{
    "experiment": {
        "id": "8b98db02-1c46-49fd-8075-8ff3368fb0a3",
        "experimentTemplateId": "7b9ec603-1d20-4a8f-8eda-b1c3e7b28540",
        "roleArn": "arn:aws:iam:123456789012:role/ExperimentRole",
        "state": {
            "status": "running"
        },
        "actions": {
            "Some test action": {
                "actionId": "localstack:generic:api-error",
                "parameters": {
                    "service": "kms",
                    "operation": "ListKeys",
                    "percentage": "100",
                    "exception": "SomeTerribleException",
                    "errorCode": "400"
                }
            }
        },
        "stopConditions": [
            {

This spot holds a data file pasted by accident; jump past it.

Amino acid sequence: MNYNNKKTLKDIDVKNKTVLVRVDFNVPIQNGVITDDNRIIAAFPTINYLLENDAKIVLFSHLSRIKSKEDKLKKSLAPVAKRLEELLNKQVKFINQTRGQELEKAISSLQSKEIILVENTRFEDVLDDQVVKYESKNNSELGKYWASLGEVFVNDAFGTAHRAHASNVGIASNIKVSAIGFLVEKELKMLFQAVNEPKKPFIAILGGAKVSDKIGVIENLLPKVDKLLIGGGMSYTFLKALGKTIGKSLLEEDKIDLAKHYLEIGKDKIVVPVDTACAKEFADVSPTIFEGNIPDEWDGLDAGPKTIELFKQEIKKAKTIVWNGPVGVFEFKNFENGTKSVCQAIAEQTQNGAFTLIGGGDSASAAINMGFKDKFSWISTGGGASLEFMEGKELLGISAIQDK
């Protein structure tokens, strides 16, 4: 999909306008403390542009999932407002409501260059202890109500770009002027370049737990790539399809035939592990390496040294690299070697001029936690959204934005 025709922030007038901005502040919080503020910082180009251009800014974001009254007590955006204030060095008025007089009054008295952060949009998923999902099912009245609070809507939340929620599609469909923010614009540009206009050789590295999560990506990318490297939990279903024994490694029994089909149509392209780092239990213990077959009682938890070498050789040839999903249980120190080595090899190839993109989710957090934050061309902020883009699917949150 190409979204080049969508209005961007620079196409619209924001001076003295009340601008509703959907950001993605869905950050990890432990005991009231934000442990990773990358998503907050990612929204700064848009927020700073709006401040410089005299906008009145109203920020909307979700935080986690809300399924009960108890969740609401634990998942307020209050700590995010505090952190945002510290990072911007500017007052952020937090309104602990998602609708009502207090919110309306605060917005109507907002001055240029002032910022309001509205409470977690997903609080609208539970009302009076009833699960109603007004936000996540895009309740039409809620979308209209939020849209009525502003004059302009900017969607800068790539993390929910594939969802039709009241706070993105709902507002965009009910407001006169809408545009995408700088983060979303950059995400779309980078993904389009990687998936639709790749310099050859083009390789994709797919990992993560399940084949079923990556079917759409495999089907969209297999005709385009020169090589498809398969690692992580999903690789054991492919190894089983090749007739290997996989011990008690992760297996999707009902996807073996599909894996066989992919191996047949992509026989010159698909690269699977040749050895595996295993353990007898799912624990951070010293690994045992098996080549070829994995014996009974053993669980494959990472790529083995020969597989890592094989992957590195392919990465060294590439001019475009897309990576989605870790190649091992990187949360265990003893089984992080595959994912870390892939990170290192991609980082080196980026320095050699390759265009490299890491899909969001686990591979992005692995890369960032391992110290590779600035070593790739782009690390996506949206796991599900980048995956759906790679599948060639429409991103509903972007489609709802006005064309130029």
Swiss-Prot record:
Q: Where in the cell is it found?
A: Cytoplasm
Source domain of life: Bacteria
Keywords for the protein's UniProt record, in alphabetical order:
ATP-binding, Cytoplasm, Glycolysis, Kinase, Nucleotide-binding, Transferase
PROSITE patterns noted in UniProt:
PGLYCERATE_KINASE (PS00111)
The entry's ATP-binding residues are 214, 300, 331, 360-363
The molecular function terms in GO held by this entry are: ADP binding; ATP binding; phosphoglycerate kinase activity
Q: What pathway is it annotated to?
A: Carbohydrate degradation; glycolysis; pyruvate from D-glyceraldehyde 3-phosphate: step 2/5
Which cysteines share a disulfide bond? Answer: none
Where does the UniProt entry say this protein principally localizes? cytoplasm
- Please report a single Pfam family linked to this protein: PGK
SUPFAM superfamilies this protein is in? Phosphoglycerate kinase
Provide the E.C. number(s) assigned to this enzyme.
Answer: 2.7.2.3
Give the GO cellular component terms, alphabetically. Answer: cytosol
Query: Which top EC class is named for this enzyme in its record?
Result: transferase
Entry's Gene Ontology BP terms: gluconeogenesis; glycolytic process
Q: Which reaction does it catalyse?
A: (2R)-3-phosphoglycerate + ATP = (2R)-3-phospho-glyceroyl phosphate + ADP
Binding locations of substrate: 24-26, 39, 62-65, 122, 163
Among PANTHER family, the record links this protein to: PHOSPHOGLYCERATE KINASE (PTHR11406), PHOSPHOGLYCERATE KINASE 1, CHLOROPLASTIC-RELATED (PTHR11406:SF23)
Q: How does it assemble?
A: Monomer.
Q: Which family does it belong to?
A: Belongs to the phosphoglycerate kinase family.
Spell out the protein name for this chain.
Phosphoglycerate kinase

"source": "none"
            }
        ],
        "creationTime": 1661772189.015712,
        "startTime": 1661772189.015712
    }
}

As with the templates, you can use the following command to list all experiments:

awslocal fis list-experiments

Use the following command to get the details about the experiment again.

awslocal fis get-experiment --id 8b98db02-1c46-49fd-8075-8ff3368fb0a3

Let’s check if this has affected our KMS:

awslocal kms list-keys

If everything worked (or rather failed) as expected, you should see the following:

An error occurred (SomeTerribleException) when calling the ListKeys operation: Failing as per Fault Injection Simulator configuration

Let’s check just in case if other API calls to KMS or other services are affected. For example, can use

awslocal kms list-aliases
awslocal sqs list-queues

Both should succeed.

To stop the experiment and to let everything get back to normal we can run:

awslocal fis stop-experiment --id 8b98db02-1c46-49fd-8075-8ff3368fb0a3

After that awslocal kms list-keys is supposed to succeed again.